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Volunteer Work Abroad

Breaking Down the Four Primary Types of International Volunteerism

Volunteering abroad is an exciting opportunity to experience the ins and outs of a new culture in an intimate way. Studying abroad is exciting, but when one goes as a student, one is a student 24/7 — there are always tests coming up, homework to be done, etc. Tourists rarely have a chance to look deeply into the cultures of the countries they visit. They speak with hotel staff and bus drivers. They may see a lot, but only a very superficial portion of their host countries. Volunteering abroad allows a volunteer to truly experience their host country complete with personal interactions, and view the social, cultural and economic realities that make each country distinct.

There are literally thousands of programs to send volunteers around the world. Opportunities include teaching English in Thailand, counting frogs in Ecuador, or working in a hospital in India.

The volunteer organizations that run these programs fall into four categories:

  1. Nonprofit (Cross Cultural Solutions; www.crossculturalsolutions.org, Amigos; www.amigoslink.org, IVPA; www.volunteerinternational.org),
  2. Governmental (Peace Corps; www.peacecorps.gov),
  3. For-profit (often programs affiliated with an international study abroad company),
  4. Religious (missionaries, etc.).

Choosing a program can be difficult, however. Before beginning your research there are several questions to help you narrow down the search.

  • Where do you want to go? Are you interested in work in the developing world or the developed world? Are you looking for profession-related work? Do you have language abilities or interest in learning a new language?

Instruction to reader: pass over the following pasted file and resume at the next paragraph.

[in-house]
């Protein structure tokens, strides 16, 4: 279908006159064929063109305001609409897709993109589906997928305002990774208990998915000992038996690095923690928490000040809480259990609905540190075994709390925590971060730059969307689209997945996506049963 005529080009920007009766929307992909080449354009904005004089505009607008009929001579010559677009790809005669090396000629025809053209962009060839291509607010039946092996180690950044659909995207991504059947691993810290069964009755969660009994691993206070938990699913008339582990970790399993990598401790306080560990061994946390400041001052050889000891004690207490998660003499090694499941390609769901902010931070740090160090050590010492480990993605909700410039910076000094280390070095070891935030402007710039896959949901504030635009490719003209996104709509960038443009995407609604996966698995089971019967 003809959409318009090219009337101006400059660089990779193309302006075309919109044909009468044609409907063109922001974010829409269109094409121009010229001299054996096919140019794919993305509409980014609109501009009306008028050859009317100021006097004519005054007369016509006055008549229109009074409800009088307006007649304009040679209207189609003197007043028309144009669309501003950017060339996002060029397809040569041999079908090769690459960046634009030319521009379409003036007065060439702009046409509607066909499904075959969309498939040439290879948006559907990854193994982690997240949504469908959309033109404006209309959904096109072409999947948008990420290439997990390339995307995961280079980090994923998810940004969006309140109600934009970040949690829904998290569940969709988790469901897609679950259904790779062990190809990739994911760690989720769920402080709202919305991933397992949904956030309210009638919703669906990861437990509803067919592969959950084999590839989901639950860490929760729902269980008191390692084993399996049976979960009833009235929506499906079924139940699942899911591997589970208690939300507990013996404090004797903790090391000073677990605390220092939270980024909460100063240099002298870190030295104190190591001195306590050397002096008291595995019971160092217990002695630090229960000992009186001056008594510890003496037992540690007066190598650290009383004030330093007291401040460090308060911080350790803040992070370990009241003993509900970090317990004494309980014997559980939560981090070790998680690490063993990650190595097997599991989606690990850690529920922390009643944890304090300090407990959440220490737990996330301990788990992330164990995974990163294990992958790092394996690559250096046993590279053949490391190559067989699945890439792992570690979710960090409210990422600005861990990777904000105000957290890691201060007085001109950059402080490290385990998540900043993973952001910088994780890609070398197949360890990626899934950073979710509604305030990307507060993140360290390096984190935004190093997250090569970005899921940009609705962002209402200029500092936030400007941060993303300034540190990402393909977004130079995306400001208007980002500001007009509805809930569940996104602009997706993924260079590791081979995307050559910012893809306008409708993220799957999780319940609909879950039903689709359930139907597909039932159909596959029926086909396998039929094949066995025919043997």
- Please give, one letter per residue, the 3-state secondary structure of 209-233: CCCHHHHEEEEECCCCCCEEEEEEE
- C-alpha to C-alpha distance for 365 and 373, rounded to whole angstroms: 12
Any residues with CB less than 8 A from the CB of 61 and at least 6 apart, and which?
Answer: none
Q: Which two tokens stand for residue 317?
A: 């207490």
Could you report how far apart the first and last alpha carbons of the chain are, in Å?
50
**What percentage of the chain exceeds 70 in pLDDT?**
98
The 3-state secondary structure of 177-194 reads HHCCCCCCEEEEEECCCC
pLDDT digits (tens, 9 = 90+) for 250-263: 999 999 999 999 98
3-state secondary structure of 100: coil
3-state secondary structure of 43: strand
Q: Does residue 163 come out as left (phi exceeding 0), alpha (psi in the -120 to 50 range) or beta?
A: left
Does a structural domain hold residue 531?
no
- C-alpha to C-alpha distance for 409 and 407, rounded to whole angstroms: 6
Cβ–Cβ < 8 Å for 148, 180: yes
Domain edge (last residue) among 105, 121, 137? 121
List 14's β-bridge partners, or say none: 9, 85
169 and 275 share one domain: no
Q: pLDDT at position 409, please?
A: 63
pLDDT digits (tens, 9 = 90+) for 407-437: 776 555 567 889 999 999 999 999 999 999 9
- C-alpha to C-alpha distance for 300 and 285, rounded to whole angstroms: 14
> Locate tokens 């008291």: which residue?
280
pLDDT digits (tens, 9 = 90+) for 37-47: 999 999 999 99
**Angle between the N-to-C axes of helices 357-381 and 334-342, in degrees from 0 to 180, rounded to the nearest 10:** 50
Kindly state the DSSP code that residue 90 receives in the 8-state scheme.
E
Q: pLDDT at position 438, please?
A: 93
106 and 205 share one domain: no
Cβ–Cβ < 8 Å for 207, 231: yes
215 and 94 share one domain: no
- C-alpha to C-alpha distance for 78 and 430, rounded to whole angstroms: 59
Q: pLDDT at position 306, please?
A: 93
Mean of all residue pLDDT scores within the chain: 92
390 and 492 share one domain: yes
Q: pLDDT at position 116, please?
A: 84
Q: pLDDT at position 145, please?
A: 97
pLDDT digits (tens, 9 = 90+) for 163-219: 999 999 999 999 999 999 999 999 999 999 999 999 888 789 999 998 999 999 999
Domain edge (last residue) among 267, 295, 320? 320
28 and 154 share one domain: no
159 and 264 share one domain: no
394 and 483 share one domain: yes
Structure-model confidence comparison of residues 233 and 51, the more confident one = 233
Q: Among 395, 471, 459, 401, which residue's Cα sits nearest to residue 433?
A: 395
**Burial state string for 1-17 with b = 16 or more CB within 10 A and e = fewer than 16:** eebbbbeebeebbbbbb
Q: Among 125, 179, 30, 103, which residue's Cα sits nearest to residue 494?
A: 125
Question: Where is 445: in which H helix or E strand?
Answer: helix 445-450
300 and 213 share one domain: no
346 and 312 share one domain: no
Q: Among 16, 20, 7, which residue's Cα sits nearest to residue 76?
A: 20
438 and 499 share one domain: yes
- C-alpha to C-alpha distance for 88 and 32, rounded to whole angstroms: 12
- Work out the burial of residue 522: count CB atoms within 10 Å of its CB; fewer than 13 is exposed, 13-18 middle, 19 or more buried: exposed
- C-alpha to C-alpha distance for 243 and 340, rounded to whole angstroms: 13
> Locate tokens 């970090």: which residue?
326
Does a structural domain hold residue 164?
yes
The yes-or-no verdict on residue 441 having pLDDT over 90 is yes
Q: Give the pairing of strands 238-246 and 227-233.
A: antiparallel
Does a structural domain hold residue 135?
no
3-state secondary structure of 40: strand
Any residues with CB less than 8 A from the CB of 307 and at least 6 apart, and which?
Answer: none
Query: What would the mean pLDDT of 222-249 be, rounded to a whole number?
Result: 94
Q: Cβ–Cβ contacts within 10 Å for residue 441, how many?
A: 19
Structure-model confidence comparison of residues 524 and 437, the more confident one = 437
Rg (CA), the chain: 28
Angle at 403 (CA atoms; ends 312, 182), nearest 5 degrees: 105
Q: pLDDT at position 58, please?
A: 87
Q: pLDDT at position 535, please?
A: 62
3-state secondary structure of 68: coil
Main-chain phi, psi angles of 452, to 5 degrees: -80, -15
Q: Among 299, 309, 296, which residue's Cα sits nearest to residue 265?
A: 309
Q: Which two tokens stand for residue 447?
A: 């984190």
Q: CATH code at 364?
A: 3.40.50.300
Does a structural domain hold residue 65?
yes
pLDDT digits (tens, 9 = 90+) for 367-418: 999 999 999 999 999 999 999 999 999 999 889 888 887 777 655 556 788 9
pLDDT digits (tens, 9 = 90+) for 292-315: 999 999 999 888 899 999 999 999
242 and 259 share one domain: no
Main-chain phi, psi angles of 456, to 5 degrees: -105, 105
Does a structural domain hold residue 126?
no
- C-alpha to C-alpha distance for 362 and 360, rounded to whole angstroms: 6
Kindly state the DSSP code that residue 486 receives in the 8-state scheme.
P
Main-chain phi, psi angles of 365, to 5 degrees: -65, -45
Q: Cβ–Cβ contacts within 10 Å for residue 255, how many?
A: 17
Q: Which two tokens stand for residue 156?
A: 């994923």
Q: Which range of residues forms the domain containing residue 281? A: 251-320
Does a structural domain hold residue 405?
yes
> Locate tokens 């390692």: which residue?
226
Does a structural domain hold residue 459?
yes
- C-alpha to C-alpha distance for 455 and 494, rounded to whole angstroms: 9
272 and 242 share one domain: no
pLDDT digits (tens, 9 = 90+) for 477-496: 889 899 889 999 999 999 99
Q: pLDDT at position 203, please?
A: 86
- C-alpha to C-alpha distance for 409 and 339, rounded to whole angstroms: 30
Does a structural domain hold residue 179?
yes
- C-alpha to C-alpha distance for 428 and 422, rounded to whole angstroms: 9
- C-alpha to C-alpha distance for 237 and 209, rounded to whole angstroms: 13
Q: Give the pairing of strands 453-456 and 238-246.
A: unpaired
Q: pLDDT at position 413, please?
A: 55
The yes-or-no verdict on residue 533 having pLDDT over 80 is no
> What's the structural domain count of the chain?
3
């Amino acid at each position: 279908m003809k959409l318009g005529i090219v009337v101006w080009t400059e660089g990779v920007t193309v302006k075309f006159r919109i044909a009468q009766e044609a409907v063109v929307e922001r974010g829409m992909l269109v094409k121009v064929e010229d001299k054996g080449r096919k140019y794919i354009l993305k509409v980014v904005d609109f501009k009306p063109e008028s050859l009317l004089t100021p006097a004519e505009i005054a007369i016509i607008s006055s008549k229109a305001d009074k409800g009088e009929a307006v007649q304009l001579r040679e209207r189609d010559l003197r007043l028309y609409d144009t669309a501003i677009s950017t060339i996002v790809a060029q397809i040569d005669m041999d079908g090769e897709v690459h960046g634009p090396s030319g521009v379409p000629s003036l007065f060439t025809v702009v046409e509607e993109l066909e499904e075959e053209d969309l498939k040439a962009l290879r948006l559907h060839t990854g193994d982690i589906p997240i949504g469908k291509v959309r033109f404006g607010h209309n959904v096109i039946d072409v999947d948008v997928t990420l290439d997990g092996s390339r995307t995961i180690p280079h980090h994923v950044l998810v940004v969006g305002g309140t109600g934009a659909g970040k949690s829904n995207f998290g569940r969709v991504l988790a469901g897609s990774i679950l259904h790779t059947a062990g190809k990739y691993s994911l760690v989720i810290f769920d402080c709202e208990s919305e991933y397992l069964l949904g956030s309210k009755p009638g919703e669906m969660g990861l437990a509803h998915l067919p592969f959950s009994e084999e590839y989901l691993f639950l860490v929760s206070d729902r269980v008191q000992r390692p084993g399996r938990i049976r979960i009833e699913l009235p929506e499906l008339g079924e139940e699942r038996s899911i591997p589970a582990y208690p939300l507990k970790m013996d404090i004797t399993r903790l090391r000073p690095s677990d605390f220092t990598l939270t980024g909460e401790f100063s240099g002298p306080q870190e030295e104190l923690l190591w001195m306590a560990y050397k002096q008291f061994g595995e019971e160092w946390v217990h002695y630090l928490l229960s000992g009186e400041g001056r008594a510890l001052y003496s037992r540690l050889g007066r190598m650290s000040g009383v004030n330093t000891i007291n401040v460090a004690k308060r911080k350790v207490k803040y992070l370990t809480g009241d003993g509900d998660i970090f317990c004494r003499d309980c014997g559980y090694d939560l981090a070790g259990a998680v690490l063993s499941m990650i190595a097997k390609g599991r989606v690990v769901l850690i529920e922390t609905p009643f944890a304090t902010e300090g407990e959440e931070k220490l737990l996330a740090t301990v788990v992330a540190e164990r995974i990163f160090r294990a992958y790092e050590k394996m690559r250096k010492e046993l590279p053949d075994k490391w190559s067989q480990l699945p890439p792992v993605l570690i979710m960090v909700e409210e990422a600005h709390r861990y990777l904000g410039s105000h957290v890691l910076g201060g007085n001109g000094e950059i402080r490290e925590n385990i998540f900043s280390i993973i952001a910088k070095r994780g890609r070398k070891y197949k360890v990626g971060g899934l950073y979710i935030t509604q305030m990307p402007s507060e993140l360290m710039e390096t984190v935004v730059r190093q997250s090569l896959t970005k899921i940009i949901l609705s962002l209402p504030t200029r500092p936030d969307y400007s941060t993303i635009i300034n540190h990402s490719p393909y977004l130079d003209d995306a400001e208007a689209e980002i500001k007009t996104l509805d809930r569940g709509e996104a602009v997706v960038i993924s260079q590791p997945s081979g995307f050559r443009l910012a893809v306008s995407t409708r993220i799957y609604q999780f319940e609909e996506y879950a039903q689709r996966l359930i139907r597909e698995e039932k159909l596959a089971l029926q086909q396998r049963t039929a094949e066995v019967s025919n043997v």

• How much time do you have? Are you interested in something you can do on a week's vacation or taking a year off your work/study? There are programs lasting from two weeks to one year. How much time can you afford?
  • Costs vary from program to program, but they may include airfare, food and lodging, training, adventure travel, visas, and health and travel insurance. Financial aid, fundraising suggestions, and scholarships may be available.
  • Do you need academic credit? Some schools give credit for opportunities such as volunteering. In many cases, volunteers will have to do the legwork to find out how this process works.
  • How much structure do you need? Do you need pre-departure meetings, language training, cultural training, in-country support?
  • Once you begin your research, note what the program requirements are: Does the organization have language requirements? Religious requirements? Academic requirements? Health requirements? Do they provide insurance? Visas?

Once you've found the program for you, there are several things you should know before leaving. Check out websites with packing advice, meet with your program coordinator and alumni for suggestions on what to bring. Make sure you have health insurance appropriate for your destination company. Be aware of cultural sensitivity and the ethics of service. Read books on the host culture and the handbook from your volunteer program. Be aware of international events. Emergency information should be provided by your host agency. Make sure they give you information about whom and how to contact en route to your destination and while you're in the country. The names and/or contact information for local authorities and the embassy located in your host country are also useful.

REBECCA JEWELL writes from San Francisco, CA.